From being a place with great interiors and not so great food, Cibo has suddenly become a place with great food. They’ve just hired fresh blood in the kitchen, and the youthful chef, an Indian with international experience, is clearly set to break boundaries. In the last couple of weeks, Cibo has metamorphosed from an overtly Italian place to one that serves trendy modern European. As yet, the menu is undergoing change, so there’s the old menu, a new menu that keeps changing periodically, Cibo Specials by the chef and a new lunch menu.
Lunch and dinner have their own menus. However, evenings are when Cibo really come to life, whether you sit out in the (hideously uncomfortable) chairs in the courtyard or inside the restaurant. The dinner menu is the showcase of the chef’s talents.
Nothing symbolizes the chef’s philosophy better than Beetroot and Goat Cheese Salad with Arugula, Asparagus and Balsamic Dressing (Rs 300). One day the dish was served the way it was described on the menu. On my next visit, gone was the asparagus. Instead, there were fresh figs which enlivened the stylish salad. Cibo is the closest you’ll get to a chef-driven restaurant in Tuscany, where the day’s markets determine the menu. No cookie-cutter sameness here. However, each element in the salad goes wonderfully well with the others: the sweetness of the beetroot offsets the sharpness of the goat cheese; the creaminess of the fresh figs contrasts with the astringency of the rucola leaves (that seems to be the chef’s favourite ingredient, so omnipresent is it in the menu).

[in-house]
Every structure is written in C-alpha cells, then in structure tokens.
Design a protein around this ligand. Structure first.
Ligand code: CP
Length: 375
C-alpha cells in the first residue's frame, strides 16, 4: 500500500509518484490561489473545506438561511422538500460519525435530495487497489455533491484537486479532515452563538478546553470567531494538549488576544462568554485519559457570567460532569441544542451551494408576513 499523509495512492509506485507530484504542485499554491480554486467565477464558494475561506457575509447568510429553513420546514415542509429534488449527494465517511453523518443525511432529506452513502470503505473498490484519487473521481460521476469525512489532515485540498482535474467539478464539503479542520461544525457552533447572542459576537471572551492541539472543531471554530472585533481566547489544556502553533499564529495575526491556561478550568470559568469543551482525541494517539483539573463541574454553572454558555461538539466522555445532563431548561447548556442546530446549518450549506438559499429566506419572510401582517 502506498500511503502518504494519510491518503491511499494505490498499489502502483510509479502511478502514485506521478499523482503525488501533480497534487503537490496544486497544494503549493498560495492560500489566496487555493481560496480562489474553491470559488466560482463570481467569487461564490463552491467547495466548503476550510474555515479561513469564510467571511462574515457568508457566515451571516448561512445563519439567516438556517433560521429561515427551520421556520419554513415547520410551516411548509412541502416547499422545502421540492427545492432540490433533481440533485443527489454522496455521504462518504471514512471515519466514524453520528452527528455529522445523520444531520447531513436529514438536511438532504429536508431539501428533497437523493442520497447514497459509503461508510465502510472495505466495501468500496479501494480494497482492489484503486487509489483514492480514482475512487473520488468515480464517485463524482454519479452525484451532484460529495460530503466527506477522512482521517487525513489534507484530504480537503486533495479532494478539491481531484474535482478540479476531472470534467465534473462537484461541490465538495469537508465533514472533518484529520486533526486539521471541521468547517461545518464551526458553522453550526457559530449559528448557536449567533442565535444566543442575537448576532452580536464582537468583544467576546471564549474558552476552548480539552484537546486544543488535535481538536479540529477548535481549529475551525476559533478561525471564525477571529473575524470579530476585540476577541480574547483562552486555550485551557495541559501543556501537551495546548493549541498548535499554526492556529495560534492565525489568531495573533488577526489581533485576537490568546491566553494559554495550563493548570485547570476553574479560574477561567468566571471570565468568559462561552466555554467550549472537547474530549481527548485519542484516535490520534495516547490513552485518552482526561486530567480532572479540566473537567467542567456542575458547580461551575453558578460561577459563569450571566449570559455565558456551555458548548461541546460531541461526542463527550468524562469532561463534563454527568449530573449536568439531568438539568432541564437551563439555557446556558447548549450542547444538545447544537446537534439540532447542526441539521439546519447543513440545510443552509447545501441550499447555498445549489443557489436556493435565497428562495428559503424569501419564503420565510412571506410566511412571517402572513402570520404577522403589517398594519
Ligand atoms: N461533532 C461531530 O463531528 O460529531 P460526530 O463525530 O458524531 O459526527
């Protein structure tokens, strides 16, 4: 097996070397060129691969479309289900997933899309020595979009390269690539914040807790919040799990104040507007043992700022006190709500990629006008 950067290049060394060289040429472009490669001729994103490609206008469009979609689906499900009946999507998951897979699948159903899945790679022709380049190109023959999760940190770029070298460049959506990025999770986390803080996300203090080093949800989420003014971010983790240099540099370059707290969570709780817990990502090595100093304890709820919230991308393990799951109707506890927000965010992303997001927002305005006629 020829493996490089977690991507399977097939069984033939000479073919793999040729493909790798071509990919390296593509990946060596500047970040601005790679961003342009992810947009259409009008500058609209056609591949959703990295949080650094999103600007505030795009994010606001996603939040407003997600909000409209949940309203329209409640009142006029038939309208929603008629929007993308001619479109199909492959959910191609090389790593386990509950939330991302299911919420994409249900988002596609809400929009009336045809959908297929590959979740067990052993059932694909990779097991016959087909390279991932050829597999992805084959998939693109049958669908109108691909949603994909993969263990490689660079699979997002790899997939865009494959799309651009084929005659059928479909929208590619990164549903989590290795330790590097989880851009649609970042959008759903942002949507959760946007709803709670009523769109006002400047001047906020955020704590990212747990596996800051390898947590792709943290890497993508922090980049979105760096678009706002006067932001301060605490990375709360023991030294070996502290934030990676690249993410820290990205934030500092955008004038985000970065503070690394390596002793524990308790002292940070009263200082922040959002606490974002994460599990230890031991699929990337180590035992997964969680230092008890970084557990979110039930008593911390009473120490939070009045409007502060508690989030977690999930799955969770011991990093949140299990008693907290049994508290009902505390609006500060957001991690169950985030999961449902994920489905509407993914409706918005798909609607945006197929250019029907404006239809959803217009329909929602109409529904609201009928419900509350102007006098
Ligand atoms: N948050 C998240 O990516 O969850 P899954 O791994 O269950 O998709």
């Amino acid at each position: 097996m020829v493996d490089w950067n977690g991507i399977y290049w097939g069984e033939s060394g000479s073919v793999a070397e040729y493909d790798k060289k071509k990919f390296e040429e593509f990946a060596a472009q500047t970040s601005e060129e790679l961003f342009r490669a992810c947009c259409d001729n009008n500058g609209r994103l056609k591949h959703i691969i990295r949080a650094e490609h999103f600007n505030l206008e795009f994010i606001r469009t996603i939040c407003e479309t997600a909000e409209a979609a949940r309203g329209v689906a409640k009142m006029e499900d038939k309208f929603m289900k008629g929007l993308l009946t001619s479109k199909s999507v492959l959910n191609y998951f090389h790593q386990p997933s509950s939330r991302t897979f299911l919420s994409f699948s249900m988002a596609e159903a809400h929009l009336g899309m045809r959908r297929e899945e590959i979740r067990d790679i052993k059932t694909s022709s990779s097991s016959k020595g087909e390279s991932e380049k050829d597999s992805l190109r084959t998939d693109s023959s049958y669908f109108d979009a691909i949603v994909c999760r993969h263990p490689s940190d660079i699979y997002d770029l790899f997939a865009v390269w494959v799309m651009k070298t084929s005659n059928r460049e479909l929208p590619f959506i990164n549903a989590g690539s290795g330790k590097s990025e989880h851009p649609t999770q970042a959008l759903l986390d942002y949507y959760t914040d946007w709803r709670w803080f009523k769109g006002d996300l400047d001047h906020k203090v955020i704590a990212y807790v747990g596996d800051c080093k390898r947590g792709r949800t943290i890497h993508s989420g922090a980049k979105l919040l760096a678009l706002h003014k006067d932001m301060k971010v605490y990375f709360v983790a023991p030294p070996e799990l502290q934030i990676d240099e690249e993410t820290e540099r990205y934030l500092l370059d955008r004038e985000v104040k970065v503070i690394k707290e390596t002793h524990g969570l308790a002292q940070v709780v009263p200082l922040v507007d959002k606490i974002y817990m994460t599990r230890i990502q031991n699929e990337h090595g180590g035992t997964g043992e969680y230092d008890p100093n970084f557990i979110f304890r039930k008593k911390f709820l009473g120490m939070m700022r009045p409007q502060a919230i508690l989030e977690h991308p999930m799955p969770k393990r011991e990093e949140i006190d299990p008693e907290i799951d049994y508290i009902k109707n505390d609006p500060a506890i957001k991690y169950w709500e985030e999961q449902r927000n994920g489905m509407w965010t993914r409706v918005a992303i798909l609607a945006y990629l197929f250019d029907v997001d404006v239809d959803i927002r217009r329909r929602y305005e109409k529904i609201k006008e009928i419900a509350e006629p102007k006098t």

Twice Baked Cheese Souffle with Sambuca Marinated Melon (Rs 300) is one of the most tasty things on the menu: the soufflé itself is mild but the cheese sauce that surrounds it is sharper with Parmesan. The musk melon wedges has just a faint hint of Sambuca: in the hands of a lesser mortal, the liqueur would have overpowered the entire dish. My companion ordered the same dish, but her accompaniment turned out to be prunes poached in red wine and star anise, just because the chef couldn’t bear two identical plates going out on the same table!
His boundless enthusiasm is infectious. At the next table, a bunch of conservative diners were first shocked then delighted with melon infused with mirin and wasabi. My own Duck Leg Confit (Rs 750) was served not with Fennel Grapefruit Salad, Red Wine and Cherry Sauce as indicated on the menu, but with Maraschino Cherries and Avocado, an inspired combination.
Cibo does indeed have to buck up in a number of areas: in the day-time, the outdoor furniture looks tacky. The pizza kitchen in the verandah is in need of a makeover. Indeed, the pizzas have a long way to go to reach the heights of excellence that Cilantro at The Trident, Gurgaon has managed. And the desserts are not of the quality of the main menu: there’s some catching up to do here as well.
However, the idea of a casual lunch menu is a good one. The Non-Vegetarian Burger (Rs 325) consists of a lamb patty with foie gras, a fried egg, Gruyere cheese and salad vegetables in a whole wheat bun. It’s a complete meal, and like everything else at Cibo, it’s not even expensive.
Ratings: Food: 3.50, Service: 3.25, Décor: 3.75
Hotel Janpath, Janpath
Tel: 43029291, 23340070
Open from 12 noon to12 midnight
Meal for two: Rs 3,000
Credit cards accepted, alcohol served